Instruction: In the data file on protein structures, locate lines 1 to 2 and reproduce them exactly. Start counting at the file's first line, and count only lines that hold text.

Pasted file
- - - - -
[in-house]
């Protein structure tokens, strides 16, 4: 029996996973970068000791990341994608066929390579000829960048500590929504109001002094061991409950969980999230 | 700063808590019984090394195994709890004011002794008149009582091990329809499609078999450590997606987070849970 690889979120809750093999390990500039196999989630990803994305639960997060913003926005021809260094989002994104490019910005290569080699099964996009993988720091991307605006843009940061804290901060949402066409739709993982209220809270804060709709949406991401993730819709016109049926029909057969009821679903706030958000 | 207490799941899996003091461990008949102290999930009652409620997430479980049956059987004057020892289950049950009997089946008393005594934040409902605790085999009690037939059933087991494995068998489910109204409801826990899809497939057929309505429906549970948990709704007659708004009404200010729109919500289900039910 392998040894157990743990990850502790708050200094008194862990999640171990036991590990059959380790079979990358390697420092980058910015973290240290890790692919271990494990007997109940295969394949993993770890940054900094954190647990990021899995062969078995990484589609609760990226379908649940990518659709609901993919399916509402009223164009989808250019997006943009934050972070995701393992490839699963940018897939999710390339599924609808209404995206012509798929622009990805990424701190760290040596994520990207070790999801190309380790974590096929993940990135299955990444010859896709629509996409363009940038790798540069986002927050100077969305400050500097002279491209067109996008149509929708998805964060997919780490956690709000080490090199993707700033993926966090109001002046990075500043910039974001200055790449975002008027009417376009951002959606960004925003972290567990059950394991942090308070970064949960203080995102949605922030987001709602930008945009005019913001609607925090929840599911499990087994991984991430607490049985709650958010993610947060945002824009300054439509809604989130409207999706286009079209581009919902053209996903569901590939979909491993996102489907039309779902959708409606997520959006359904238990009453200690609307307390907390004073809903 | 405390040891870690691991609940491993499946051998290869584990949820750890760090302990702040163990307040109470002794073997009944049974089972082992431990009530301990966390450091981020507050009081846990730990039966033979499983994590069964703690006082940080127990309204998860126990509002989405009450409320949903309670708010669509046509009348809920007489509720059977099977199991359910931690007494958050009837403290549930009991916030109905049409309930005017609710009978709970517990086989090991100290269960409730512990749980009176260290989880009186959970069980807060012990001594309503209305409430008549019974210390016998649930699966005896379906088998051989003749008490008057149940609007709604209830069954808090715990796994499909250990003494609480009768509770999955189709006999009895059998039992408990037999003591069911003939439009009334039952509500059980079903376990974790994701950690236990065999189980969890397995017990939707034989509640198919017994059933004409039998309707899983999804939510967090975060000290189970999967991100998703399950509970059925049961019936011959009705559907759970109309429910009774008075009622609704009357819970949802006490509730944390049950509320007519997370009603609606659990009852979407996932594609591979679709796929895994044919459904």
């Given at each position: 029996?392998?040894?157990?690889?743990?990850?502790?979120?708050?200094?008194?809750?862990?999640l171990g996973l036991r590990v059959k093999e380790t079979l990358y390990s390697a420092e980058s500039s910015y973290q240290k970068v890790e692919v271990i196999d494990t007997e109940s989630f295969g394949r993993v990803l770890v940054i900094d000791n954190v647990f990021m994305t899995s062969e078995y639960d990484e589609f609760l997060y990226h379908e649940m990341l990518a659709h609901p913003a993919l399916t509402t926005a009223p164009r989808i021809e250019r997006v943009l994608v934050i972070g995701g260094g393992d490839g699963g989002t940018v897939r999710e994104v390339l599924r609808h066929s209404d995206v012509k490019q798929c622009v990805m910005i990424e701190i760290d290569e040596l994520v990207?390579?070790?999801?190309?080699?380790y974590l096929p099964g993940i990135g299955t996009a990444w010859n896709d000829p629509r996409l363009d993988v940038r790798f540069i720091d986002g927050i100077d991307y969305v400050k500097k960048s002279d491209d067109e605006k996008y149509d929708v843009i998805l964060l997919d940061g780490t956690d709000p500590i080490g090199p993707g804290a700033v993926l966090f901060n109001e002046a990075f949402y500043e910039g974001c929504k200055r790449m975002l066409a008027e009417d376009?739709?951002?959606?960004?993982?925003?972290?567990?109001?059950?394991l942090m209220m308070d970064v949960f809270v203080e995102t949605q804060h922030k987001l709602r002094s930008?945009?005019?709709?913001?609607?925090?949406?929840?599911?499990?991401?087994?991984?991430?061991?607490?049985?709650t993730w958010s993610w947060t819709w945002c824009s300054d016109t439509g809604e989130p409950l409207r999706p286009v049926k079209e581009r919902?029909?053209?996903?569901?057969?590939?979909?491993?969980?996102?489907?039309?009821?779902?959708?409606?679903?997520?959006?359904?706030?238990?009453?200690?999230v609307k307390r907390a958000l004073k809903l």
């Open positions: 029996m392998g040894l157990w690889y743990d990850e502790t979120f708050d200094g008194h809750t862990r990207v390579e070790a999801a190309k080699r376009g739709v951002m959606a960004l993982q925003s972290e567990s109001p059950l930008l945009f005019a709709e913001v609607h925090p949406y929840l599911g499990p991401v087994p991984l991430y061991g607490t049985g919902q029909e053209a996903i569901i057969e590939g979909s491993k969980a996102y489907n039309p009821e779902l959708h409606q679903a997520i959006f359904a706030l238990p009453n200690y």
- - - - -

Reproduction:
[in-house]
């Protein structure tokens, strides 16, 4: 029996996973970068000791990341994608066929390579000829960048500590929504109001002094061991409950969980999230 | 700063808590019984090394195994709890004011002794008149009582091990329809499609078999450590997606987070849970 690889979120809750093999390990500039196999989630990803994305639960997060913003926005021809260094989002994104490019910005290569080699099964996009993988720091991307605006843009940061804290901060949402066409739709993982209220809270804060709709949406991401993730819709016109049926029909057969009821679903706030958000 | 207490799941899996003091461990008949102290999930009652409620997430479980049956059987004057020892289950049950009997089946008393005594934040409902605790085999009690037939059933087991494995068998489910109204409801826990899809497939057929309505429906549970948990709704007659708004009404200010729109919500289900039910 392998040894157990743990990850502790708050200094008194862990999640171990036991590990059959380790079979990358390697420092980058910015973290240290890790692919271990494990007997109940295969394949993993770890940054900094954190647990990021899995062969078995990484589609609760990226379908649940990518659709609901993919399916509402009223164009989808250019997006943009934050972070995701393992490839699963940018897939999710390339599924609808209404995206012509798929622009990805990424701190760290040596994520990207070790999801190309380790974590096929993940990135299955990444010859896709629509996409363009940038790798540069986002927050100077969305400050500097002279491209067109996008149509929708998805964060997919780490956690709000080490090199993707700033993926966090109001002046990075500043910039974001200055790449975002008027009417376009951002959606960004925003972290567990059950394991942090308070970064949960203080995102949605922030987001709602930008945009005019913001609607925090929840599911499990087994991984991430607490049985709650958010993610947060945002824009300054439509809604989130409207999706286009079209581009919902053209996903569901590939979909491993996102489907039309779902959708409606997520959006359904238990009453200690609307307390907390004073809903 | 405390040891870690691991609940491993499946051998290869584990949820750890760090302990702040163990307040109470002794073997009944049974089972082992431990009530301990966390450091981020507050009081846990730990039966033979499983994590069964703690006082940080127990309204998860126990509002989405009450409320949903309670708010669509046509009348809920007489509720059977099977199991359910931690007494958050009837403290549930009991916030109905049409309930005017609710009978709970517990086989090991100290269960409730512990749980009176260290989880009186959970069980807060012990001594309503209305409430008549019974210390016998649930699966005896379906088998051989003749008490008057149940609007709604209830069954808090715990796994499909250990003494609480009768509770999955189709006999009895059998039992408990037999003591069911003939439009009334039952509500059980079903376990974790994701950690236990065999189980969890397995017990939707034989509640198919017994059933004409039998309707899983999804939510967090975060000290189970999967991100998703399950509970059925049961019936011959009705559907759970109309429910009774008075009622609704009357819970949802006490509730944390049950509320007519997370009603609606659990009852979407996932594609591979679709796929895994044919459904």